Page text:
Where don't you want to work in 2017? Try M&A, U.S, European and Asian equities, or FX. So says the latest capital markets pulse from Deutsche's European banking analysts.
The pulse uses trading volumes, primary revenues and spreads to provide a snapshot of the health of banks' major businesses compared to the preceding quarter and the same quarter one year earlier. If you work in M&A, equities or FX, 2017 doesn't look good on either measure.
Year-on-year, Deutsche's pulse is down around 20% for U.S. equities, by more than 10% for European equities, and by around 5% for Asian equities. Conditions for equities businesses everywhere have deteriorated compared to the three months before Christmas. U.S. equities desks, especially, are looking famished. Deutsche's analysts don't see any upturn soon: "Equities is likely to remain a drag given muted volatility and client activity."
M&A bankers are also having a bad year. Banks like Morgan Stanley insist their M&A pipelines are strong, but don't need to be told that pipelines aren't the same as active deals. Deutsche Bank's M&A pulse is down nearly 10% year-on-year and by over 20% quarter-on-quarter. As we reported last week, UBS has been letting go of senior investment bankers in the UK and Morgan Stanley has caused upset by slashing its M&A bonus pool for 2016. Bonuses are usually paid with an eye to retention, so - pipeline or not - the implication could be that Morgan Stanley is bearish on the prospects for M&A this year.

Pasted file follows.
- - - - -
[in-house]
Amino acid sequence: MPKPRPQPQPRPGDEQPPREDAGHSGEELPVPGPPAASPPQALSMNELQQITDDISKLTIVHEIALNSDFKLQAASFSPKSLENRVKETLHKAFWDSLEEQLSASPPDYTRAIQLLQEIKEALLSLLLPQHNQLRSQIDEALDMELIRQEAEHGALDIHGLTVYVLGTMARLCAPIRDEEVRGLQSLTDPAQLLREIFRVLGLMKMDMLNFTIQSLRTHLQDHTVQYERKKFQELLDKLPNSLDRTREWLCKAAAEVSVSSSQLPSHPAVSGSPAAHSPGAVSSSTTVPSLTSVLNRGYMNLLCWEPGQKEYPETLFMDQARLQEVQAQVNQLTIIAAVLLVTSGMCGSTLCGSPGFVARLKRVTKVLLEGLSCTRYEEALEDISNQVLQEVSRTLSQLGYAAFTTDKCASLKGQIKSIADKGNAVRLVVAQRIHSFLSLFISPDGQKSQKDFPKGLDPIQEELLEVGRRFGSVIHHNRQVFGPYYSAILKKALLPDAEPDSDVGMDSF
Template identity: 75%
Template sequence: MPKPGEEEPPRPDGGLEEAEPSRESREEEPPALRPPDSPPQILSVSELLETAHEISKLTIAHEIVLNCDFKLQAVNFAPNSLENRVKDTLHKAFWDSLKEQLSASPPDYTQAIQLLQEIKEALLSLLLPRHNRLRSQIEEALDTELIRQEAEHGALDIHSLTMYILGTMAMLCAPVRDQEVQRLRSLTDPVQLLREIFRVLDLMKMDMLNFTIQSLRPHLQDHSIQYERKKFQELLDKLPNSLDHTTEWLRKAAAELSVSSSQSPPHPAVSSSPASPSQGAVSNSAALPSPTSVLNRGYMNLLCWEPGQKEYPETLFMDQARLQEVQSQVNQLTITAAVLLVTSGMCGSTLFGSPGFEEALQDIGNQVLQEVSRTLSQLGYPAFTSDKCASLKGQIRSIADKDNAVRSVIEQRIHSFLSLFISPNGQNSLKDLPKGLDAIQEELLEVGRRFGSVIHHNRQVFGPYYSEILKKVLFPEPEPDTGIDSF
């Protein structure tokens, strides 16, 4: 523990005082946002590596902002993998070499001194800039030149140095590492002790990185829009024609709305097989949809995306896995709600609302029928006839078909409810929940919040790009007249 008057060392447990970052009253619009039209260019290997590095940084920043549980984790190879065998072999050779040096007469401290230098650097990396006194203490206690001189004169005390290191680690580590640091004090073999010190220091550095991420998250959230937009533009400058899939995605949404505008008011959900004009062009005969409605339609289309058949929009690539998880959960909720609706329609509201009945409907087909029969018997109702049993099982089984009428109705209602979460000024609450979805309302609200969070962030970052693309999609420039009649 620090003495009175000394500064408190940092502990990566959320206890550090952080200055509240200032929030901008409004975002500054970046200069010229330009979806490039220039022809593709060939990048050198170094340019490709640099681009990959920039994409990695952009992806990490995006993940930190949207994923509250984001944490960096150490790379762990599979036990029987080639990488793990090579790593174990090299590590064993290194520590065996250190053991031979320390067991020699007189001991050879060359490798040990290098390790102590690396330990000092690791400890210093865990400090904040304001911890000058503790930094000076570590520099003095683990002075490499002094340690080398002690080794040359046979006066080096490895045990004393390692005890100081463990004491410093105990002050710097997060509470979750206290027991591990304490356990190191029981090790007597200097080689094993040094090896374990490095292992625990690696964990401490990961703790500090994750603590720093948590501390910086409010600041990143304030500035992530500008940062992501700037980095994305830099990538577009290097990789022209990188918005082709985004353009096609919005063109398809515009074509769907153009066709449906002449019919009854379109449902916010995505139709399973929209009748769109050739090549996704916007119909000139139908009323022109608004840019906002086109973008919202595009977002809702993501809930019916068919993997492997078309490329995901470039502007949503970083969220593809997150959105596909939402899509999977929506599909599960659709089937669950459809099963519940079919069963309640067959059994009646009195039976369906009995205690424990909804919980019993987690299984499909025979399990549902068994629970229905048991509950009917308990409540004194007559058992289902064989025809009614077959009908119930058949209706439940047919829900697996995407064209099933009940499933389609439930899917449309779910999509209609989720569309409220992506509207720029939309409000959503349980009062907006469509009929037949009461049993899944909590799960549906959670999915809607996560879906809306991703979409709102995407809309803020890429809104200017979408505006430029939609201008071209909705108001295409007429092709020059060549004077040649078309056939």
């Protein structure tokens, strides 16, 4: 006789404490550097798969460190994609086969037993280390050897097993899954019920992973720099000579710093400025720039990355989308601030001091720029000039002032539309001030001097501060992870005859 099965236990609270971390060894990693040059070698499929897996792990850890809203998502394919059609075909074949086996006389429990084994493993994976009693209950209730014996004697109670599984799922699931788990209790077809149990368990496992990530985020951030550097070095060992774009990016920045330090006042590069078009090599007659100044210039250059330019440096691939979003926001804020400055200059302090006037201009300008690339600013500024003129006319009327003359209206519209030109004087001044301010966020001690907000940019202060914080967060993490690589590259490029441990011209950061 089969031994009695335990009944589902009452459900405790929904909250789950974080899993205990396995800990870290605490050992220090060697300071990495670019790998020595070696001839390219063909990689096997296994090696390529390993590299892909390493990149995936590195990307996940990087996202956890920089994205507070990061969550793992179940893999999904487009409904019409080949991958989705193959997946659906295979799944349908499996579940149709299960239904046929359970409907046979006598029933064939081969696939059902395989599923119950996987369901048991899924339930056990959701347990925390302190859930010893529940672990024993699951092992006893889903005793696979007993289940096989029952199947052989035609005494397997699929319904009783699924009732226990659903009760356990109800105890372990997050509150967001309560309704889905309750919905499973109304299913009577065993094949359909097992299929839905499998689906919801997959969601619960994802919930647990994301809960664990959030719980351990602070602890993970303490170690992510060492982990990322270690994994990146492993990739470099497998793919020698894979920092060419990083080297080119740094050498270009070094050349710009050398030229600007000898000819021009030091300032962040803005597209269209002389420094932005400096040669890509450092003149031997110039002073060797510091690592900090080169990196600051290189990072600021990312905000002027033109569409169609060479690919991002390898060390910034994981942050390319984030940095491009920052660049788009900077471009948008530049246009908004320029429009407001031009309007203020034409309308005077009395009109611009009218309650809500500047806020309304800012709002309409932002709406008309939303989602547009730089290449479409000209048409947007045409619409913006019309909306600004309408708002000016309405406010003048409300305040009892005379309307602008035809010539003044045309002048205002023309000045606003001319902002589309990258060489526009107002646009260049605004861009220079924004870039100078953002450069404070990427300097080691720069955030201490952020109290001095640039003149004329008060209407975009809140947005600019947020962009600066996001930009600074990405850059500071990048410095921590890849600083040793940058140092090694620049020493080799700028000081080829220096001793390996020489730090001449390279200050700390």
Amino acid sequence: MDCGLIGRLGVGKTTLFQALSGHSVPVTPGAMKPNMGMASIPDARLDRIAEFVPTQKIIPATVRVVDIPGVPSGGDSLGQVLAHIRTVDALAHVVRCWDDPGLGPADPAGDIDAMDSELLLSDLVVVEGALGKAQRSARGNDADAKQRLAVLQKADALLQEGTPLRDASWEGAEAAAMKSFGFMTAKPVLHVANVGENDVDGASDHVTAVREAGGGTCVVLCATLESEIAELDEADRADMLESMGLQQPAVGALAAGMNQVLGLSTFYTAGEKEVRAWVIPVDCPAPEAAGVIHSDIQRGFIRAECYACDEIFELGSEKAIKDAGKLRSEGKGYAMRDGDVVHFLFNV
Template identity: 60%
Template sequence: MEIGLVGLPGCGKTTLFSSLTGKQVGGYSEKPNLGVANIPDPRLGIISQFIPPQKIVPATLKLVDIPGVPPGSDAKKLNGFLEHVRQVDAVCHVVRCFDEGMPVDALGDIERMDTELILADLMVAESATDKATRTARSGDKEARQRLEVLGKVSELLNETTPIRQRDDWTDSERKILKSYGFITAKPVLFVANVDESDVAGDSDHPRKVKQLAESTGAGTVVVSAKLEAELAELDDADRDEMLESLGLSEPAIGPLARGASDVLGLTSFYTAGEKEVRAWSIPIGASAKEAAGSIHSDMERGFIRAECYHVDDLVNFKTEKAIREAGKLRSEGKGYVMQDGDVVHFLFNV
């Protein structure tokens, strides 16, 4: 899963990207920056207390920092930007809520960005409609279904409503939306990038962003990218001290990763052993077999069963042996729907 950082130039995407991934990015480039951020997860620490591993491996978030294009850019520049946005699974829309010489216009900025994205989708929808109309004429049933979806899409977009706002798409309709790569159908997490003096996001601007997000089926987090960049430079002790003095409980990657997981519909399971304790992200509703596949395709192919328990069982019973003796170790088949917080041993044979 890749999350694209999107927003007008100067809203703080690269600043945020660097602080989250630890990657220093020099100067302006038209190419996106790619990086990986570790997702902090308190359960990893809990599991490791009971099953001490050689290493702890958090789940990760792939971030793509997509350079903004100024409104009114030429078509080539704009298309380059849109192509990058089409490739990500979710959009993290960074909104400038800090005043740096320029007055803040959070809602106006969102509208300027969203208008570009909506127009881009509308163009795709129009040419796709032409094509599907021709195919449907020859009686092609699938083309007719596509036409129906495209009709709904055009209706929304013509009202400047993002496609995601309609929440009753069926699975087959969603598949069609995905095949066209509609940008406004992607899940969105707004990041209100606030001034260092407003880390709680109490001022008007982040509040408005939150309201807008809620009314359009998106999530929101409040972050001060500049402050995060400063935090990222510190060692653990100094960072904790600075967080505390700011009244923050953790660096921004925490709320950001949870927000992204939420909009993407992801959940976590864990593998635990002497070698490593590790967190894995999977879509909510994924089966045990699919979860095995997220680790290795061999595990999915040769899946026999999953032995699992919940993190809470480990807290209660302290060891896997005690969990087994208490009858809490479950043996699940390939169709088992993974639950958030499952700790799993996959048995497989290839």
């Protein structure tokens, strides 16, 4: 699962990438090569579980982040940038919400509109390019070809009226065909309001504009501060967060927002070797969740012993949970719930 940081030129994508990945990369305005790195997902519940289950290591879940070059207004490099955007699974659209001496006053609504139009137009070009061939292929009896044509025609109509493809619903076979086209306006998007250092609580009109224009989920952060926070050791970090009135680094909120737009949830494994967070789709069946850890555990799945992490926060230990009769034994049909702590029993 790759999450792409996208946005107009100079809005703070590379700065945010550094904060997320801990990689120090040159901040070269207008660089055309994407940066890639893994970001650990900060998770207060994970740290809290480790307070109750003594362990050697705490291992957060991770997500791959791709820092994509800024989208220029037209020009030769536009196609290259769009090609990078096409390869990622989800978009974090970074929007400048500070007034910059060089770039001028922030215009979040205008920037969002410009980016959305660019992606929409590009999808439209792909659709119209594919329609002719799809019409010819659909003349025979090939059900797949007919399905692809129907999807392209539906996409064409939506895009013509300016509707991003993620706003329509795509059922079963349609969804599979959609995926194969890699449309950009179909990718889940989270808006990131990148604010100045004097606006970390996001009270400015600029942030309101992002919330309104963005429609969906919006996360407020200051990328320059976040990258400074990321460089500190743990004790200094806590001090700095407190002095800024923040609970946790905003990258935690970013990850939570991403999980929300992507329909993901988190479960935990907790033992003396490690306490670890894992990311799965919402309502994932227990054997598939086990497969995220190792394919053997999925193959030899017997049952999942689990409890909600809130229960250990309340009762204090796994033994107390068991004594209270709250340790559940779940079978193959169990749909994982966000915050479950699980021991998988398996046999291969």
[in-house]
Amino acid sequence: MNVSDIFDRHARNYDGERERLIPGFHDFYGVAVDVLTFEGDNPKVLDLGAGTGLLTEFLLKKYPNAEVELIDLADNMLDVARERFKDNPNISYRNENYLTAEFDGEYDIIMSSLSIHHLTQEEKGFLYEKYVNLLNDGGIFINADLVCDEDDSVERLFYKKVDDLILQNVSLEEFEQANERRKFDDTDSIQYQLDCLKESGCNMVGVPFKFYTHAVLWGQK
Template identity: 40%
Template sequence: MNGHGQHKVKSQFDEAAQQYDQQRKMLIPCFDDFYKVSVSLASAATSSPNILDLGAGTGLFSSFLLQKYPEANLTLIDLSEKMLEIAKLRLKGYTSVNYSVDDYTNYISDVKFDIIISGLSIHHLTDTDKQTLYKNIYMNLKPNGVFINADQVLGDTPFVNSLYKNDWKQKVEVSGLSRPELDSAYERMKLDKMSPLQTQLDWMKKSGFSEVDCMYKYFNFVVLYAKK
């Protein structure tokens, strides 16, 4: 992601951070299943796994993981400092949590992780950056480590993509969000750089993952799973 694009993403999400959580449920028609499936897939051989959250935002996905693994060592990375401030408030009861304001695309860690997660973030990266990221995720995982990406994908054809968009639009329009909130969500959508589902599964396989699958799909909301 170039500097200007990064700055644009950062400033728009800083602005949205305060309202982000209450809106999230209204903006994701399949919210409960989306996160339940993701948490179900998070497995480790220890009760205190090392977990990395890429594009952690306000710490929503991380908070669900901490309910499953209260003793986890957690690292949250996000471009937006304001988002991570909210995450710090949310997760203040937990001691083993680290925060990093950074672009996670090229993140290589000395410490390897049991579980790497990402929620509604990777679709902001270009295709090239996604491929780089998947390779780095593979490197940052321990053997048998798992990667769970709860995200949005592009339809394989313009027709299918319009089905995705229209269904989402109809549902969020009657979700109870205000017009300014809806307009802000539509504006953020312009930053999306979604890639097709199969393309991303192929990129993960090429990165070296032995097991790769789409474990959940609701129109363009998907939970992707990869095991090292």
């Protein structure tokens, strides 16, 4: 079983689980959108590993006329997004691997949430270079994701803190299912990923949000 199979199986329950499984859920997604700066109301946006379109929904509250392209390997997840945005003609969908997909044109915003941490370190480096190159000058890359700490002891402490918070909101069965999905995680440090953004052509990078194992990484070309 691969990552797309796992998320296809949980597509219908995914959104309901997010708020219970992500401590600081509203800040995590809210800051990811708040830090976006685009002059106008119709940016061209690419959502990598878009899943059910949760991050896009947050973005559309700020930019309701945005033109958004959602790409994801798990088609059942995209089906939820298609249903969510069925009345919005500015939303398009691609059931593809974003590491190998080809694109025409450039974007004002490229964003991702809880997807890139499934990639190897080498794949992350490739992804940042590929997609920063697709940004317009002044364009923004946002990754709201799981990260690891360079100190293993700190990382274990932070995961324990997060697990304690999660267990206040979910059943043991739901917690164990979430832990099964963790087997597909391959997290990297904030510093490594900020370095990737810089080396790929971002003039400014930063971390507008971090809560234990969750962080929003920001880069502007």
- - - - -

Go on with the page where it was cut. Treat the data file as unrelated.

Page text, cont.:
FX traders also lose out on both measures. Year-on-year, Deutsche's FX pulse is down over 10%. Quarter-on-quarter it's down around 5%.
There aren't many human beings trading FX now anyway, but those that are may want to watch their backs.
If 2017 has started unequivocally badly in equities, FX, and M&A, it's started unequivocally well for anyone in high yield debt capital markets (DCM). Here, Deutsche's index is up a huge 341% year-on-year and 59% quarter-on-quarter. You seemingly can't go wrong in a high yield origination team right now.
Equity capital markets (ECM) bankers are also doing well compared to last year and things are looking up for European rates desks. Deutsche's analysts point out that U.S. rates desks have done less well following a decline in U.S. rates volatility after December's rate hike. However, volumes and volatility are expected to pick up again as the year progresses if the Fed hikes rates again. When this happens, Deutsche says banks like Barclays and BNP Paribas - which have strong rates franchises - will be especially well placed.
Deutsche's latest pulse comes after J.P. Morgan's analysts said the German bank is likely to generate slower than expected revenues this year. Deutsche has been cutting staff in its own equities business and is expected to cut fixed income sales staff this week.